But the question remains:  are the actions currently being taken by the Bush Administration lessening the threat of terrorism — or are these actions creating a larger pool of next generation terrorists who operate on an even more independent footing?  Poverty, anger and despair are powerful motivating factors — are our actions reducing or enhancing those feelings in the Middle East and further throughout the world?

The results of the 2006 election can have a profound effect on our nation’s policies — will the election serve as a check and balance to the Bush Administration, or will it reaffirm the need for non-questioning rubber stamping ideology?  Our nation functions best when there is a check and balance provided by the legislative branch on the chief executive — President Bush has had an almost unfettered hand on foreign policy and war-making from the GOP-controlled Congress. 

Will President Bush be allowed to continue to function in his unquestioning bubble?  Or is it past time to pierce the veil, and allow some reality to seep through in the form of a demand for accountability and for policies which are the best for our nation as a whole, best not just for today but for our generations to come — for my child and yours, and their children — and not just best for propping up the President’s ego?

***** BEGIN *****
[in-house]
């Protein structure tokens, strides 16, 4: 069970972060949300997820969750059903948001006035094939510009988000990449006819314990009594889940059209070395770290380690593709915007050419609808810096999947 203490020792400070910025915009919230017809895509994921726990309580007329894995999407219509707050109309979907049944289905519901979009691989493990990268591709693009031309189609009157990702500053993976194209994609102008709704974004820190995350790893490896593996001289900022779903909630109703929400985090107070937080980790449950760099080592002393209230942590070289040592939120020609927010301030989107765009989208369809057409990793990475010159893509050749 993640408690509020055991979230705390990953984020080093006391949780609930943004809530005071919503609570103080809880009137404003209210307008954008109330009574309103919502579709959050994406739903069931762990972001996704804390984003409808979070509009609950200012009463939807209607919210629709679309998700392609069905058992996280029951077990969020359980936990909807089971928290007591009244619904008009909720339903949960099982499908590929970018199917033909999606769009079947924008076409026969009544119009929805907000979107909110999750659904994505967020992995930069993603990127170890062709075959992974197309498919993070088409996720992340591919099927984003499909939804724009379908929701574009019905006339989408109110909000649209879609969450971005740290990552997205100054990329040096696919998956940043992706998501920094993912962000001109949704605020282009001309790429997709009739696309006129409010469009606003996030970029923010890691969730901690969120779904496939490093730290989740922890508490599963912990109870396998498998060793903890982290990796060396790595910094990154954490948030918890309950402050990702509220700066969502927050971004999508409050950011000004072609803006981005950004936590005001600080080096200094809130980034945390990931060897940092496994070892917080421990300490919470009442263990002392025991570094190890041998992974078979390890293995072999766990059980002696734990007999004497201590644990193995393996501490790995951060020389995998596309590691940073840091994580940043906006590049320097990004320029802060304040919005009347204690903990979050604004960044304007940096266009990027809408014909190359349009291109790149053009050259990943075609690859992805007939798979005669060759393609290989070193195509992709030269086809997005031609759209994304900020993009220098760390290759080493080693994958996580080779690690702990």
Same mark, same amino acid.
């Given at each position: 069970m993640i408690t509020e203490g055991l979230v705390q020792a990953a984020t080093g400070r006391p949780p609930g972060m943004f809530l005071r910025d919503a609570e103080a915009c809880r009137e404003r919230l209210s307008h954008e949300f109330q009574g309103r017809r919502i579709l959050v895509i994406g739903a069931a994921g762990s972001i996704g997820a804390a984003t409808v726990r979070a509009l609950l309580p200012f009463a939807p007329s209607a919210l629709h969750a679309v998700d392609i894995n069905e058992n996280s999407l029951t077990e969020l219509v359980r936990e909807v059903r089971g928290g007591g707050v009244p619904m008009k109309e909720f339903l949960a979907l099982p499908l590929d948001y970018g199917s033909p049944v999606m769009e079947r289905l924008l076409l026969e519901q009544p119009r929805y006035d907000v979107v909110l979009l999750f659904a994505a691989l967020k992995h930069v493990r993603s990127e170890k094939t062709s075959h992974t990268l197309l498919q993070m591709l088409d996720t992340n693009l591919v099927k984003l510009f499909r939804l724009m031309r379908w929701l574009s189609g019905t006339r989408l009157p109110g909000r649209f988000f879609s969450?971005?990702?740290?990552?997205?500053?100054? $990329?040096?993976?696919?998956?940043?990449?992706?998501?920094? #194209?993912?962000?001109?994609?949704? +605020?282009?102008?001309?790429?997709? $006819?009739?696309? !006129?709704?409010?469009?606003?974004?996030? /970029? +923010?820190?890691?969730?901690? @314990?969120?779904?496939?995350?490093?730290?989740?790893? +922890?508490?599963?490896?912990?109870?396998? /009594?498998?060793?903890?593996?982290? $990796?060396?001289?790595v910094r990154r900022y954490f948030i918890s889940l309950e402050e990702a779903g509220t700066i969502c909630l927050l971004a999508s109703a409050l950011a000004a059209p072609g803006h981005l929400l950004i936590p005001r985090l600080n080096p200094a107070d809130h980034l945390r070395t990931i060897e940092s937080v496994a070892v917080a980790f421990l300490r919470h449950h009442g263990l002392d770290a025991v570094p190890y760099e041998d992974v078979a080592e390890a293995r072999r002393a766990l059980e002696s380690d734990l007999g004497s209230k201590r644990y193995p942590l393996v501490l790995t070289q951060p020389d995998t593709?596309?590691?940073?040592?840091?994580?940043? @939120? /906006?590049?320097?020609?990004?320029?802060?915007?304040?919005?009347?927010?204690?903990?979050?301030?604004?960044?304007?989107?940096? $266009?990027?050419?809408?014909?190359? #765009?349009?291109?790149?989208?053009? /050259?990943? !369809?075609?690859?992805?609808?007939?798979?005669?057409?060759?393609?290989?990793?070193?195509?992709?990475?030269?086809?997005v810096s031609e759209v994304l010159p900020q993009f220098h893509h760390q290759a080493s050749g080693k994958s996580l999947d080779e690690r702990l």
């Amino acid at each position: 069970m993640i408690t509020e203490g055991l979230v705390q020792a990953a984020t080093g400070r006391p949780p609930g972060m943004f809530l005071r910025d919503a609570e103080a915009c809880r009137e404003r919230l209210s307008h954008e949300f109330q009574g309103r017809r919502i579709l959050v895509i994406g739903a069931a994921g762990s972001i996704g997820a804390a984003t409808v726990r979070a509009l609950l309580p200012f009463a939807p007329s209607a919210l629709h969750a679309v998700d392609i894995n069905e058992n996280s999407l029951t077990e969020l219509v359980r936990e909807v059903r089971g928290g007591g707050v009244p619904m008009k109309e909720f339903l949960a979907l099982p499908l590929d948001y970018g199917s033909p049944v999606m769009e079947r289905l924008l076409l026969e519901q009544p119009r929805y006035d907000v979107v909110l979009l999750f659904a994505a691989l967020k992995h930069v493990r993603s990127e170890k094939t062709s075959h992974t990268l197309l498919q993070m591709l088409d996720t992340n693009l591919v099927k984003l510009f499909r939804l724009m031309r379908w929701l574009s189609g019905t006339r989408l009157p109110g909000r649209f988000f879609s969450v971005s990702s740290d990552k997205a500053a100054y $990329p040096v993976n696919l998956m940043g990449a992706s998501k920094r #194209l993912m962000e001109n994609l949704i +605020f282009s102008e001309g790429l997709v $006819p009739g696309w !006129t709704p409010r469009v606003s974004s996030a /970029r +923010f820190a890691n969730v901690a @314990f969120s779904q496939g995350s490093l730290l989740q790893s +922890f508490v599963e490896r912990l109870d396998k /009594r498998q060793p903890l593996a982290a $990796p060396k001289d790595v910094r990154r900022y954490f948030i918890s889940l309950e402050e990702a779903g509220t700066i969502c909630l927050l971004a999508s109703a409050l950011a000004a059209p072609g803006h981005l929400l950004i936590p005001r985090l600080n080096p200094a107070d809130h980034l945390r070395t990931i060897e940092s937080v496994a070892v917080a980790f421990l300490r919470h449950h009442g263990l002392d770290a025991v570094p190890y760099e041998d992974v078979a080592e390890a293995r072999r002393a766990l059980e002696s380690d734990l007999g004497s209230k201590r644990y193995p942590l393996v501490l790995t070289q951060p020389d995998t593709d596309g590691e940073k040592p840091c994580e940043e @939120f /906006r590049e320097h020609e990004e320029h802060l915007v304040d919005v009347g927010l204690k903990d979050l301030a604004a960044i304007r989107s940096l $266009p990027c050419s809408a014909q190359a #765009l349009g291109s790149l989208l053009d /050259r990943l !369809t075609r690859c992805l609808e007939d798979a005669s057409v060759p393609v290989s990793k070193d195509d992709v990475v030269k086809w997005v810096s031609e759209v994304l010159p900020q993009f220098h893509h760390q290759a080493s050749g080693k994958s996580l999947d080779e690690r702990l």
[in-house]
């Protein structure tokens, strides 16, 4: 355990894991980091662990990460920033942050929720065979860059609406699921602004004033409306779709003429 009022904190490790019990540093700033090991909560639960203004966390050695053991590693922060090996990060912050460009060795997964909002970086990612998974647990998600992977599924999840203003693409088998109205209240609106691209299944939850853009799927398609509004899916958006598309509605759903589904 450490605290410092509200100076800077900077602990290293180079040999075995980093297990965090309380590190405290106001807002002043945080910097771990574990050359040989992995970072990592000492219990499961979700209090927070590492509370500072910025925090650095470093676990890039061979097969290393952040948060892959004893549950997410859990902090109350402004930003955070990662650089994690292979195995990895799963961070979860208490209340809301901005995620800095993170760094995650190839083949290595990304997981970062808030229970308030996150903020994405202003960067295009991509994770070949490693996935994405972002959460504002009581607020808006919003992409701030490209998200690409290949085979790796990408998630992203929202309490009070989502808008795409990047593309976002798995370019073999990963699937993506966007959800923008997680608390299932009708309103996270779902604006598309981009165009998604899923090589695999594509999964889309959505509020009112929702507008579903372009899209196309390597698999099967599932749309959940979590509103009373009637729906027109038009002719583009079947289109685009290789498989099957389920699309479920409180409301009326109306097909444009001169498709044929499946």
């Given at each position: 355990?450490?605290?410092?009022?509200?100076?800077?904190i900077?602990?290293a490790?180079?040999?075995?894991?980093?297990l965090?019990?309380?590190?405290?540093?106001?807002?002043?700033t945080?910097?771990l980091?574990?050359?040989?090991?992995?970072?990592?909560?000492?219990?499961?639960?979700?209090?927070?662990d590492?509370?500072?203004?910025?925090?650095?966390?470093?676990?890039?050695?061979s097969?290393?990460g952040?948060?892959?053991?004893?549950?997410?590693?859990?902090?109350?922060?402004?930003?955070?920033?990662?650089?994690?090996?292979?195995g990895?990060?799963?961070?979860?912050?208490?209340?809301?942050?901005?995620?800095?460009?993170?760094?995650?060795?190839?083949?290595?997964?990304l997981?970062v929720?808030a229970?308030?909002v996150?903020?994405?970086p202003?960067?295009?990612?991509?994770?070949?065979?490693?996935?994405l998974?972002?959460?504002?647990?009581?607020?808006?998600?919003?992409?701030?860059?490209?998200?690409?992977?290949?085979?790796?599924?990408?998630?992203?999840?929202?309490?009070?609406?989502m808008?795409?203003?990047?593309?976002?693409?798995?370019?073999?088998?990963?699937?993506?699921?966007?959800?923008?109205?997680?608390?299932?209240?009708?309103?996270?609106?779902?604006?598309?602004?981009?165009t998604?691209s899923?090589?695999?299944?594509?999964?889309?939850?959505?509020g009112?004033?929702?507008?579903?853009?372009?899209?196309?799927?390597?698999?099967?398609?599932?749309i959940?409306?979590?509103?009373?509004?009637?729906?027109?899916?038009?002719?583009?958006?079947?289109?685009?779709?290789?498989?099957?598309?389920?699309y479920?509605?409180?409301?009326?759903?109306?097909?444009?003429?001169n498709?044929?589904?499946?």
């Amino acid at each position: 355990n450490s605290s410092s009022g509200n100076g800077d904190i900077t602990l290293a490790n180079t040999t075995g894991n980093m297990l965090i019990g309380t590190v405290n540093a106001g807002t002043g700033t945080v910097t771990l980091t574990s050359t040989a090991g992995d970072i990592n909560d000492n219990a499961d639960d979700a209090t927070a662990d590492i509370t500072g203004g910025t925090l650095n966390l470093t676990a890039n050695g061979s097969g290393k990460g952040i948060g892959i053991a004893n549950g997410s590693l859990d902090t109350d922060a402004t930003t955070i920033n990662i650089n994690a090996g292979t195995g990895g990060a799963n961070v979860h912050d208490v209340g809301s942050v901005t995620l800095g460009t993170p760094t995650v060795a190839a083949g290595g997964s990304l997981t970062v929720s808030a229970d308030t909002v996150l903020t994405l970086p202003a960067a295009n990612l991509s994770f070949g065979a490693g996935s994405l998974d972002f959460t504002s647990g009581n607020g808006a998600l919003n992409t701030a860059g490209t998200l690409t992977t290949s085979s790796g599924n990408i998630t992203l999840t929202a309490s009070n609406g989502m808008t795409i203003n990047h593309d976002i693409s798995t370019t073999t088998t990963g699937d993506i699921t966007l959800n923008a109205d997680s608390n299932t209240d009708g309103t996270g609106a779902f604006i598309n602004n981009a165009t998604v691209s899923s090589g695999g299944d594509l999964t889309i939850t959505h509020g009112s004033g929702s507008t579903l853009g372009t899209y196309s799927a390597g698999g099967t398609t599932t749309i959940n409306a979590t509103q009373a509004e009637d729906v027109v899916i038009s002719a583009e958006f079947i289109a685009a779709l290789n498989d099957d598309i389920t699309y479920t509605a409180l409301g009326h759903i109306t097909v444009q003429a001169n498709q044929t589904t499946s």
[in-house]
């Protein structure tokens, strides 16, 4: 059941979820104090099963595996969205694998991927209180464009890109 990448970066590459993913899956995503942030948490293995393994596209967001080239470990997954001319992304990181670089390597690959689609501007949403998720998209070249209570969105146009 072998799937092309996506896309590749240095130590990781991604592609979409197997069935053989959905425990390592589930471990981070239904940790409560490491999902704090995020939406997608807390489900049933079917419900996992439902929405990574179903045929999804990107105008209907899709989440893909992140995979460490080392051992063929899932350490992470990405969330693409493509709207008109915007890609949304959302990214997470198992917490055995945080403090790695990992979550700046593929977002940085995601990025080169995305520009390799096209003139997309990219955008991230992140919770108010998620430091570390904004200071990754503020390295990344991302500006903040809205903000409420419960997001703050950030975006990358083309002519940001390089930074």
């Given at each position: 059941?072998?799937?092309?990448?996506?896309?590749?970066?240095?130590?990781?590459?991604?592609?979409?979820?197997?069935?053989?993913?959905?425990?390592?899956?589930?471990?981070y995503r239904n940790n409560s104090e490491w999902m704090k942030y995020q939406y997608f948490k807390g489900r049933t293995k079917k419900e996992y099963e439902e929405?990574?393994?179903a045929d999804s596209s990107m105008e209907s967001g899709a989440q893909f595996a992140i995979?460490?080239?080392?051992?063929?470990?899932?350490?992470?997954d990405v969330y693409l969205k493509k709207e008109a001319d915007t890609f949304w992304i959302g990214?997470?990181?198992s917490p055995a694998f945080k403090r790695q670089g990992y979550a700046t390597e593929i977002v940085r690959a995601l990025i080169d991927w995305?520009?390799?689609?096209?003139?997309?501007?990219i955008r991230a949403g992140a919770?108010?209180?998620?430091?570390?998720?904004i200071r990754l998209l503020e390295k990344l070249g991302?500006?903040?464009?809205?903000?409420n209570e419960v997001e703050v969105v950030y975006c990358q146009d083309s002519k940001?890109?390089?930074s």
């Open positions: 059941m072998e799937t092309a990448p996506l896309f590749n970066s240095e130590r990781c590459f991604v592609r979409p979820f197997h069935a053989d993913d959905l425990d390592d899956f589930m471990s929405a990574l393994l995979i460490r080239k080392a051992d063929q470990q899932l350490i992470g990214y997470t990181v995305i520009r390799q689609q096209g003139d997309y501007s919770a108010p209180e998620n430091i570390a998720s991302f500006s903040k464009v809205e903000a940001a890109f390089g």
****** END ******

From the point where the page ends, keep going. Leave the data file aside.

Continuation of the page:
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Christy Hardin Smith

Christy Hardin Smith

Christy is a "recovering" attorney, who earned her undergraduate degree at Smith College, in American Studies and Government, concentrating in American Foreign Policy. She then went on to graduate studies at the University of Pennsylvania in the field of political science and international relations/security studies, before attending law school at the College of Law at West Virginia University, where she was Associate Editor of the Law Review. Christy was a partner in her own firm for several years, where she practiced in a number of areas including criminal defense, child abuse and neglect representation, domestic law, civil litigation, and she was an attorney for a small municipality, before switching hats to become a state prosecutor. Christy has extensive trial experience, and has worked for years both in and out of the court system to improve the lives of at risk children.

Email: reddhedd AT firedoglake DOT com